Feeds

Life support kicks in for server makers in Q2

IBM surges, Sun stunted

  • alert
  • submit to reddit

Beginner's guide to SSL certificates

The worldwide server market is recovering but in the most modest of proportions.

In the second quarter, server revenue rose 0.2 percent year-on-year to $10.6 billion, IDC said. This slight gain is significant in that it corrects a nine-quarter worldwide revenue decline. It is, however, hardly enough of an uptick to declare a recovery in the hardware business just yet.

Shipments jumped a whopping 17.5 percent in the quarter to more than 1.2 million units, according to IDC. The large rise in units on relatively flat revenue points to an ongoing trend in the market where customers are buying smaller, less-expensive systems. In addition, midrange servers have declined in price over the past two years.

IBM outperformed rivals in the second quarter, regaining its position as the number overall server vendor and making a large leap in revenue. IBM now holds 30.4 percent of the market versus HP's 27.7 percent share. Sun Microsystems takes the third spot with 13.5 percent share, followed by Dell at 9.2 percent and Fujitsu Siemens at 2.7 percent.

IBM kicked server revenue up to $3.23 billion by growing sales 10.12 percent in the quarter. HP was flat with $2.95 billion in sales. Sun had one of its worst quarters in recent memory, coughing up 3.1 points of market share and seeing revenue decline by 18.69 percent to $1.434 billion. Dell and Fujitsu Siemens both enjoyed ten percent revenue growth.

For the first time, x86 servers using Intel and AMD chips outpaced RISC servers in revenue. The x86 market grew 10.7 percent to $4.46 billion versus a 5.2 percent drop in RISC sales to $4.33 billion.

HP is the leading Intel server vendor with 33.1 percent of the market. It beat rivals in Windows, Linux and blade server shipments.

Sun regained its position as the top Unix vendor, holding 33 percent of the market. HP owns 31.4 percent and IBM follows with 24.6 percent share. IBM, however, showed a large surge in revenue, pointing to a continued recovery in its Unix business.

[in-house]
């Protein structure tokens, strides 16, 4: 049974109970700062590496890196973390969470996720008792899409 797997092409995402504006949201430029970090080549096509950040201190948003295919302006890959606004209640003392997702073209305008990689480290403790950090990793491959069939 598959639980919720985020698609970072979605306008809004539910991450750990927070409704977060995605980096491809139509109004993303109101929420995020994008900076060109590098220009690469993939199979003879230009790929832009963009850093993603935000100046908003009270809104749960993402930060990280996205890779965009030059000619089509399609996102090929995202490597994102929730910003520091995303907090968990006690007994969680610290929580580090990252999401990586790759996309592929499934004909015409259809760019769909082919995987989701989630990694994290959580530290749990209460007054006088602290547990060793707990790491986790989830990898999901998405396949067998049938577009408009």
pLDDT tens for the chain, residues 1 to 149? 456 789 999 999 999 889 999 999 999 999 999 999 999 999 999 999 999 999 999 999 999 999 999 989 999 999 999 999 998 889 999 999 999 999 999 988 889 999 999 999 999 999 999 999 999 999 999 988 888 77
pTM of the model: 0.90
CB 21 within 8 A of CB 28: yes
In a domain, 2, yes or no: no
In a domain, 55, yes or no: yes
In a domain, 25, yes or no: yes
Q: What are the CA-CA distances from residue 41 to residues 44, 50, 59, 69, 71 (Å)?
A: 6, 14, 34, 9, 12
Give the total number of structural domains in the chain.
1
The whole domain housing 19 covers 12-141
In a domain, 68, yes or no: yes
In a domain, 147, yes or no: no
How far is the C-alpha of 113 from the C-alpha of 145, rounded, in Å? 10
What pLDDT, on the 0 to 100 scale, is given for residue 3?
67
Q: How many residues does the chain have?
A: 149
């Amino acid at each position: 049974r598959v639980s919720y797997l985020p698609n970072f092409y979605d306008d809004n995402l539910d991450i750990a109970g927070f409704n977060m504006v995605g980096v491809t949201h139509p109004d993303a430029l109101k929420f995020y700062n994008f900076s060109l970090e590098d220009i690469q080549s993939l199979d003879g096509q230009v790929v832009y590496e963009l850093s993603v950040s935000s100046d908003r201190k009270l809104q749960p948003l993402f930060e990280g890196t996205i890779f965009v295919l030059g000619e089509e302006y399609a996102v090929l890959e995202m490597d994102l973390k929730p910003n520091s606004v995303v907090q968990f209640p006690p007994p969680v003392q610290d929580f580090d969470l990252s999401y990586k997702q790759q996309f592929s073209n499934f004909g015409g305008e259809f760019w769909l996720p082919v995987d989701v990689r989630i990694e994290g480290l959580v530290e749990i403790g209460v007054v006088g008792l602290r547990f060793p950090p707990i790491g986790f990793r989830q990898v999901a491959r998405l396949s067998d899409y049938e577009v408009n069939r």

Linux servers far outpaced Windows systems in sales and shipment growth. Linux server revenue jumped 40 percent to $650 million and shipments rose 42 percent. Windows server revenue grew 11.5 percent and shipments rose 21.7 percent.

These trends point to a nice amount of diversity in the server market. Unix servers continue to take up most of the enterprise sales, while Windows and Linux boxes split up the Web and application serving markets. Blade servers have also hit a new high at $100 million in revenue, confirming their increased role in the market.

It's no longer a battle between Unix and Windows only at the top or between RISC and Intel only. AMD's Opteron chip is coming on with some decent high performance computing wins and should be expected to take up an increasing part of the market. ®

Security for virtualized datacentres

More from The Register

next story
It's Big, it's Blue... it's simply FABLESS! IBM's chip-free future
Or why the reversal of globalisation ain't gonna 'appen
'Hmm, why CAN'T I run a water pipe through that rack of media servers?'
Leaving Las Vegas for Armenia kludging and Dubai dune bashing
Facebook slurps 'paste sites' for STOLEN passwords, sprinkles on hash and salt
Zuck's ad empire DOESN'T see details in plain text. Phew!
CAGE MATCH: Microsoft, Dell open co-located bit barns in Oz
Whole new species of XaaS spawning in the antipodes
Microsoft and Dell’s cloud in a box: Instant Azure for the data centre
A less painful way to run Microsoft’s private cloud
AWS pulls desktop-as-a-service from the PC
Support for PCoIP protocol means zero clients can run cloudy desktops
prev story

Whitepapers

Choosing cloud Backup services
Demystify how you can address your data protection needs in your small- to medium-sized business and select the best online backup service to meet your needs.
Forging a new future with identity relationship management
Learn about ForgeRock's next generation IRM platform and how it is designed to empower CEOS's and enterprises to engage with consumers.
Security for virtualized datacentres
Legacy security solutions are inefficient due to the architectural differences between physical and virtual environments.
Reg Reader Research: SaaS based Email and Office Productivity Tools
Read this Reg reader report which provides advice and guidance for SMBs towards the use of SaaS based email and Office productivity tools.
Storage capacity and performance optimization at Mizuno USA
Mizuno USA turn to Tegile storage technology to solve both their SAN and backup issues.